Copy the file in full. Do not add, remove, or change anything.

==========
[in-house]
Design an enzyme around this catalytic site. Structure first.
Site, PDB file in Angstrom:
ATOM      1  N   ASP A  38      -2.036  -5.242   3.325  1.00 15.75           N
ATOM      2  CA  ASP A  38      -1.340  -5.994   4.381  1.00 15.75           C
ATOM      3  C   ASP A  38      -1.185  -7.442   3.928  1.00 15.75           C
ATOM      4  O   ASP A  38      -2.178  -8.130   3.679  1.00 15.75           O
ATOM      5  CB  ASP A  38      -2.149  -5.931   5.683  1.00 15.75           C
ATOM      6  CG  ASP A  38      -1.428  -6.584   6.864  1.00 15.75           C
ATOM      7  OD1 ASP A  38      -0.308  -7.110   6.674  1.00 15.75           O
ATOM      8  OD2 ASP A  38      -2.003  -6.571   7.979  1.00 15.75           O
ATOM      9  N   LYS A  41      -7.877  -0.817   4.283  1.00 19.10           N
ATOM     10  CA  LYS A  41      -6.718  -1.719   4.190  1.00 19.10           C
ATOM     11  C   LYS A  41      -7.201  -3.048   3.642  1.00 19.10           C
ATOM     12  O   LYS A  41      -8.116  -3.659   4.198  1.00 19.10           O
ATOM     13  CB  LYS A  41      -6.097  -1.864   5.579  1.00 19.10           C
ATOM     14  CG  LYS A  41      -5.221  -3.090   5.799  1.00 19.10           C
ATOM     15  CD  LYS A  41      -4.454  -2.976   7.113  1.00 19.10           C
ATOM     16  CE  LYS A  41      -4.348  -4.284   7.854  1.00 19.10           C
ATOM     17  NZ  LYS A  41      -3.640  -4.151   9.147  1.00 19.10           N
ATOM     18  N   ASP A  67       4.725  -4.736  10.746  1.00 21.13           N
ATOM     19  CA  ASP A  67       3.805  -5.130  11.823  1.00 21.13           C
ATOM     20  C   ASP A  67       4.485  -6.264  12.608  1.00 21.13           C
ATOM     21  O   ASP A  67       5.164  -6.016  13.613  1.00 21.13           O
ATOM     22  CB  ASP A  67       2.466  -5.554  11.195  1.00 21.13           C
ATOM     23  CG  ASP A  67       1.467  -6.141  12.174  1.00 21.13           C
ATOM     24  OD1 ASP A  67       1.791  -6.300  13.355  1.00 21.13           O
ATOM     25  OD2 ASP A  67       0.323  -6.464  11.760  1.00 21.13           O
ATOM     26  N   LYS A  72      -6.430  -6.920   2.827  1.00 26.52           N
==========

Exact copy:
[in-house]
Design an enzyme around this catalytic site. Structure first.
Site, PDB file in Angstrom:
ATOM      1  N   ASP A  38      -2.036  -5.242   3.325  1.00 15.75           N
ATOM      2  CA  ASP A  38      -1.340  -5.994   4.381  1.00 15.75           C
ATOM      3  C   ASP A  38      -1.185  -7.442   3.928  1.00 15.75           C
ATOM      4  O   ASP A  38      -2.178  -8.130   3.679  1.00 15.75           O
ATOM      5  CB  ASP A  38      -2.149  -5.931   5.683  1.00 15.75           C
ATOM      6  CG  ASP A  38      -1.428  -6.584   6.864  1.00 15.75           C
ATOM      7  OD1 ASP A  38      -0.308  -7.110   6.674  1.00 15.75           O
ATOM      8  OD2 ASP A  38      -2.003  -6.571   7.979  1.00 15.75           O
ATOM      9  N   LYS A  41      -7.877  -0.817   4.283  1.00 19.10           N
ATOM     10  CA  LYS A  41      -6.718  -1.719   4.190  1.00 19.10           C
ATOM     11  C   LYS A  41      -7.201  -3.048   3.642  1.00 19.10           C
ATOM     12  O   LYS A  41      -8.116  -3.659   4.198  1.00 19.10           O
ATOM     13  CB  LYS A  41      -6.097  -1.864   5.579  1.00 19.10           C
ATOM     14  CG  LYS A  41      -5.221  -3.090   5.799  1.00 19.10           C
ATOM     15  CD  LYS A  41      -4.454  -2.976   7.113  1.00 19.10           C
ATOM     16  CE  LYS A  41      -4.348  -4.284   7.854  1.00 19.10           C
ATOM     17  NZ  LYS A  41      -3.640  -4.151   9.147  1.00 19.10           N
ATOM     18  N   ASP A  67       4.725  -4.736  10.746  1.00 21.13           N
ATOM     19  CA  ASP A  67       3.805  -5.130  11.823  1.00 21.13           C
ATOM     20  C   ASP A  67       4.485  -6.264  12.608  1.00 21.13           C
ATOM     21  O   ASP A  67       5.164  -6.016  13.613  1.00 21.13           O
ATOM     22  CB  ASP A  67       2.466  -5.554  11.195  1.00 21.13           C
ATOM     23  CG  ASP A  67       1.467  -6.141  12.174  1.00 21.13           C
ATOM     24  OD1 ASP A  67       1.791  -6.300  13.355  1.00 21.13           O
ATOM     25  OD2 ASP A  67       0.323  -6.464  11.760  1.00 21.13           O
ATOM     26  N   LYS A  72      -6.430  -6.920   2.827  1.00 26.52           N